Sightline Daily is the bestPacific Northwest source of environmentally friendly news we’ve encountered yet.  They draw from newspapers and National Public Radio sources throughout the American west, northwest, Western Canada and Alaska. has a comprehensive email directory of American federal and state elected officials and government agencies.  You fill in two or three blanks, hit Enter and you’ve got what you need to offer support or air a grievance.

Yes magazine is the editorial hammer of the Green Movement and the most deeply rooted, informative, insightful and magazine on the Net.


Modern art is evergreen at the Washington State Visitors & Convention Center in Seattle. Photo by Merritt Scott Miller


The north lane of the Alaskan Way Viaduct opened this weekend and the southbound lane will follow suit Monday, at five a.m. 

Upcoming Seattle Events
Population:                            612,000
GreaterSeattleArea            3,707,400
Area:                                      84 sq mi/217 sq km
Density:                                  7,286 people per sq mi/2,821 per sq km
Annual Rainfall:                     36.2 inches/92 cm, ranking it 41st in rainy US cities
More Seattle Facts & Figures
Seattle/Lake Washington Eagle Camera


The Northstar General Store is a truly unique online shopping experience and reflects what you, the readers, have said interests you the most.  Whether it’s a specialty food item for that proverbial someone who has everything else or just to browse with some discretionary capital to spend on a whim, you’ll find everything from quality camping gear to interesting CDs, DVDs and books to totally fun and otherwise useless toys, women and men’s apparel and a wide variety of other items and wares you simply will not find under a single roof anywhere else on the Net.  And by shopping here, you help us pay our bills.  To enter and check it out, please click the picture of the store above.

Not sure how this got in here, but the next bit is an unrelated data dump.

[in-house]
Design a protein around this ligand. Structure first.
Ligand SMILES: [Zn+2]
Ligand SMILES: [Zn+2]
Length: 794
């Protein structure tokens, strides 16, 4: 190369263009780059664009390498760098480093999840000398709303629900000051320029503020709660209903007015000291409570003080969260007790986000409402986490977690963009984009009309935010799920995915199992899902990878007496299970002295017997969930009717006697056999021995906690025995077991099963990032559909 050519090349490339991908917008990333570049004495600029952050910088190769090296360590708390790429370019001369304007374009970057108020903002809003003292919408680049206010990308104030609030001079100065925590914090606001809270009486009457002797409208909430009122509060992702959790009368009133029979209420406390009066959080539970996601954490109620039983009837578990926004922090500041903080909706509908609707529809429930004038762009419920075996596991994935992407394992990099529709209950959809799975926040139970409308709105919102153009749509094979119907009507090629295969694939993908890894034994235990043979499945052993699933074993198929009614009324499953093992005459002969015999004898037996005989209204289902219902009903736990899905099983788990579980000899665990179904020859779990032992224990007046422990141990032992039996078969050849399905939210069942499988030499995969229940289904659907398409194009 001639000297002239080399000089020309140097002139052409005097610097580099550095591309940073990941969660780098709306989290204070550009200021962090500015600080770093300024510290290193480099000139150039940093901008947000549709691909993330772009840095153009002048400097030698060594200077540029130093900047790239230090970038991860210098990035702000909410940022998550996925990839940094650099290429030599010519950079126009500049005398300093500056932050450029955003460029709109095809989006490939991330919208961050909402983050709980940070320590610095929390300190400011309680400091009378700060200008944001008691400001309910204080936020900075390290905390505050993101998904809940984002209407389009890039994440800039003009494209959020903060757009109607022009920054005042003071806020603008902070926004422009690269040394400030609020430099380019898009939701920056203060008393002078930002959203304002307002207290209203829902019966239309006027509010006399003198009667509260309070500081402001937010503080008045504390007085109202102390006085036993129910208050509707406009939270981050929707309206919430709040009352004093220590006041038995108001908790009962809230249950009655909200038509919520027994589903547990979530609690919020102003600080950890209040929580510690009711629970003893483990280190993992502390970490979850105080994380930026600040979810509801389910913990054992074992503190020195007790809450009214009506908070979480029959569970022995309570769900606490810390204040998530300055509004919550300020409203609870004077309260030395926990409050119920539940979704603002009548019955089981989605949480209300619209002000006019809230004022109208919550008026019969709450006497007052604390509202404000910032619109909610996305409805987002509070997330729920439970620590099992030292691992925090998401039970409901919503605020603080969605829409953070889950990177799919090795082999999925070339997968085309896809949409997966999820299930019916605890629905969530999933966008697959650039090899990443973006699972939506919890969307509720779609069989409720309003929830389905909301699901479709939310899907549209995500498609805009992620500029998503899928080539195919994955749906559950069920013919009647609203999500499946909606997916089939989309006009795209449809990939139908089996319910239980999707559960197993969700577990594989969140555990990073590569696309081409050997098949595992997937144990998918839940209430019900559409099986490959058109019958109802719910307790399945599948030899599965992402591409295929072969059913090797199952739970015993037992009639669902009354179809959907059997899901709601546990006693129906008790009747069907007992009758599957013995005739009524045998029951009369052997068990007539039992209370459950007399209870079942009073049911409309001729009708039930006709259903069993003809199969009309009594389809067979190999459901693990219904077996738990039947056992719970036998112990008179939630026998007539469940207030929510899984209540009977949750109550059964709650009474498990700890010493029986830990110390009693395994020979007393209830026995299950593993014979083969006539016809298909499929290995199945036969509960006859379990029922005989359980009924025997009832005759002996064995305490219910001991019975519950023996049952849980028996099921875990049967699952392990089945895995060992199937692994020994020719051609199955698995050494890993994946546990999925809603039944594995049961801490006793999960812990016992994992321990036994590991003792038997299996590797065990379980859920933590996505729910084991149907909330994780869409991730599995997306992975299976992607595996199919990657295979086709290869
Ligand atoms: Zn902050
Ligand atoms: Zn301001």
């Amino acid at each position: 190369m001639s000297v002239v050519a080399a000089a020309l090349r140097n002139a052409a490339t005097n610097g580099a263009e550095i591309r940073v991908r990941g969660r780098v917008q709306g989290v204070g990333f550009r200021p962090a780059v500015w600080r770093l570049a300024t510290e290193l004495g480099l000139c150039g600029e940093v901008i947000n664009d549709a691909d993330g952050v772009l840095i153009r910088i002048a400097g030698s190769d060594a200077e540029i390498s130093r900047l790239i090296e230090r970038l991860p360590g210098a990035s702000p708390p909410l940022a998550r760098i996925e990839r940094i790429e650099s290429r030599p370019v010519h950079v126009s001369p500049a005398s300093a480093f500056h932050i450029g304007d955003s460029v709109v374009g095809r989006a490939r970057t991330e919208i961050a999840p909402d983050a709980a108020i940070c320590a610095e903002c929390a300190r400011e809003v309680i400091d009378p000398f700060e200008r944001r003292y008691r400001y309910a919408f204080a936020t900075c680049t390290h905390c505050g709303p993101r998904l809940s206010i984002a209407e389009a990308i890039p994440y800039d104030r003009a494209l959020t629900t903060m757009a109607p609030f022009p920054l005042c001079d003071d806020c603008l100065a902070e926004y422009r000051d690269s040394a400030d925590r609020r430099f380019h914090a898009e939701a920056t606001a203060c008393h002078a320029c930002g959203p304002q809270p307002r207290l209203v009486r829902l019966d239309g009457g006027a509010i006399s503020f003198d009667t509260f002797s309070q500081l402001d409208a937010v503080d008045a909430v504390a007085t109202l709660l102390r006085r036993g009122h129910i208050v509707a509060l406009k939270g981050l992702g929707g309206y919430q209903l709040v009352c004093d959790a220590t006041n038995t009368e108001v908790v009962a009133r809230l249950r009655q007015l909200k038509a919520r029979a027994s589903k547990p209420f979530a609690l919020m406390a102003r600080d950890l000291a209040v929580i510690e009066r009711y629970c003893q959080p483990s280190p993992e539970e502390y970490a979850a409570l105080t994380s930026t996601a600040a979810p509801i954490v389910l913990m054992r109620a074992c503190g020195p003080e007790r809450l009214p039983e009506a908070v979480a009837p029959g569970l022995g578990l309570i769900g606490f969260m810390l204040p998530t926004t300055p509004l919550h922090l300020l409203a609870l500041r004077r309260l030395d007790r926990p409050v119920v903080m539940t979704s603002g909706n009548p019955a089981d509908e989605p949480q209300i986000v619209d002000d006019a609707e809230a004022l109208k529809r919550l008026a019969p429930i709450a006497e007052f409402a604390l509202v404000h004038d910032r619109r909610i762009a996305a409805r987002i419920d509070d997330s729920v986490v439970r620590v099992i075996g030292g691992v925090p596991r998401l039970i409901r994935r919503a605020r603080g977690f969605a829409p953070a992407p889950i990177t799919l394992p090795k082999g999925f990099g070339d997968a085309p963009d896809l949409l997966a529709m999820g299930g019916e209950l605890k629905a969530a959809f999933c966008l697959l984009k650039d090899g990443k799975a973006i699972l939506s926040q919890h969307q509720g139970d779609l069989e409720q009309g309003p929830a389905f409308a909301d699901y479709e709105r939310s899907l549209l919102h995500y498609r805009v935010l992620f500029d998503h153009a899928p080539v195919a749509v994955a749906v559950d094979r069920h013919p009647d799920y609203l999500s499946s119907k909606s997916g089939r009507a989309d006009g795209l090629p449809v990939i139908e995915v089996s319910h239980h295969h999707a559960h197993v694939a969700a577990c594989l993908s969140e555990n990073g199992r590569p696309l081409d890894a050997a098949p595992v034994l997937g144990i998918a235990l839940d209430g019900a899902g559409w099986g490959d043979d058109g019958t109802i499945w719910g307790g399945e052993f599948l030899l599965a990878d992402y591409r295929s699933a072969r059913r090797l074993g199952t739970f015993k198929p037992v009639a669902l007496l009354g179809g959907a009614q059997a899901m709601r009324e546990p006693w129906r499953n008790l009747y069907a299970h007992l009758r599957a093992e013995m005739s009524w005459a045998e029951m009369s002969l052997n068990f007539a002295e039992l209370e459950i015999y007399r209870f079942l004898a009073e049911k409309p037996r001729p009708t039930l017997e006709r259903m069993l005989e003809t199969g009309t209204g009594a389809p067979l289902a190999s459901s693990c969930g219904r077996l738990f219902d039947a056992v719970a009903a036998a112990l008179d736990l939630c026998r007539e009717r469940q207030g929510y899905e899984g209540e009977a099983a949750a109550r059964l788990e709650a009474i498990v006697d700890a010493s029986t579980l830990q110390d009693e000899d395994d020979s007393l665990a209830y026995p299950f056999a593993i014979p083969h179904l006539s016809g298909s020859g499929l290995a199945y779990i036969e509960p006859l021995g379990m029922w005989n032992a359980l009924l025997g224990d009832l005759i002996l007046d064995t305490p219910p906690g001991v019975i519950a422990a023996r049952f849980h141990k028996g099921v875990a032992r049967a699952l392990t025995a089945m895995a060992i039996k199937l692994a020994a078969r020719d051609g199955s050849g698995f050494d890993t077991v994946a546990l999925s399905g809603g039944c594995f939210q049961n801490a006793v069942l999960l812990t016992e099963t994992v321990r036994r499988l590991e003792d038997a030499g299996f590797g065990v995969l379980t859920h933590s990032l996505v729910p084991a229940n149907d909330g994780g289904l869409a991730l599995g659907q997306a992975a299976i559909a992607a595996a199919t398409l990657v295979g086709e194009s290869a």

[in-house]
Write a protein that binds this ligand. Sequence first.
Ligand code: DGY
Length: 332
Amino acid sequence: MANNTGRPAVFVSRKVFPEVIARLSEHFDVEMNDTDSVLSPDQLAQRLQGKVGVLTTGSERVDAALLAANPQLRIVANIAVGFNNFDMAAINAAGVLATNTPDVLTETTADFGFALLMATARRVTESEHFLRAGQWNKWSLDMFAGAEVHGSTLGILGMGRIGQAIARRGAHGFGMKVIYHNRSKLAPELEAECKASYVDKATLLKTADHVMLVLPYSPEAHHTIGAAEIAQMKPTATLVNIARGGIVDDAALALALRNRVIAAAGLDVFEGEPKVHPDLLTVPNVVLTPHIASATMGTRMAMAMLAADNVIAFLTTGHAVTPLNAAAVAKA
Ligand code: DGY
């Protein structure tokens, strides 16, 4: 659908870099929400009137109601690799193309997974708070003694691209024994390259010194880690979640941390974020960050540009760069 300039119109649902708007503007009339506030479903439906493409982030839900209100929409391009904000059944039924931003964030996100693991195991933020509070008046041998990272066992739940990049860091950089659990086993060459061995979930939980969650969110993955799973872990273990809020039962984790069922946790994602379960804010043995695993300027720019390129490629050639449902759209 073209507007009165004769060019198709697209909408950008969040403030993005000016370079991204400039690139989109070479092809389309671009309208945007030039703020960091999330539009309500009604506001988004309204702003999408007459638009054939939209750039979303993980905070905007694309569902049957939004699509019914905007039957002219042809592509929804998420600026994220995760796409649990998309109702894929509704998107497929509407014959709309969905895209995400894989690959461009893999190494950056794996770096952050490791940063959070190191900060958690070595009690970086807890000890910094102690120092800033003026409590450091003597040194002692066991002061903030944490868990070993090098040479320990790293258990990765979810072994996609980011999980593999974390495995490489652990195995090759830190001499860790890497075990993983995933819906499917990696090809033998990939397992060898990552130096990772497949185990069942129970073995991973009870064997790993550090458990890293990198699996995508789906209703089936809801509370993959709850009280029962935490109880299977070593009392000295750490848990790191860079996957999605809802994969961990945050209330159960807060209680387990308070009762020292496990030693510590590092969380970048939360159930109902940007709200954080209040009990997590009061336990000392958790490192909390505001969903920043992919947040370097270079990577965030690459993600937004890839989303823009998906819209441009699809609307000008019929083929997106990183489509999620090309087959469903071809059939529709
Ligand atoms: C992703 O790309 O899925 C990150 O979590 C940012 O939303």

The Northstar Photo Gallery features photography ofSeattle available as postcards, computer wallpaper and workspace art. 

Sponsorship ads are another way begin at $5.00 a week for a simple small logo and web page link.  Ads more elaborate than that are negotiated and charged on an individual basis.  For more details, email us at

Wrath of the Testament, an exciting seagoing saga of war and rebellion, is now available for $3.99 at

Writer/Editor For Hire for everything from business letters to data entry to editing and proofing, to speech writing and special projects, you’ll find it here at negotiable rates.  I don’t consider any request too small and I don’t take on any that are too large.  For a full list of services and more information, please go here.


We love it when you guys send us stuff.  This is from an outfit which really likes dogs and it includes an online veterinarian.  The article Mike & Wendy from Ontario(the Canadian Ontario, not the Southern Californiaone) answered a question that’s always been on the periphery of my consciousness.  Why do dogs eat grass?

How we appear to our pets has been an endearing mainstay of the Disney folks ever since I can remember.  So I naturally totally loved this one and I hope you do as well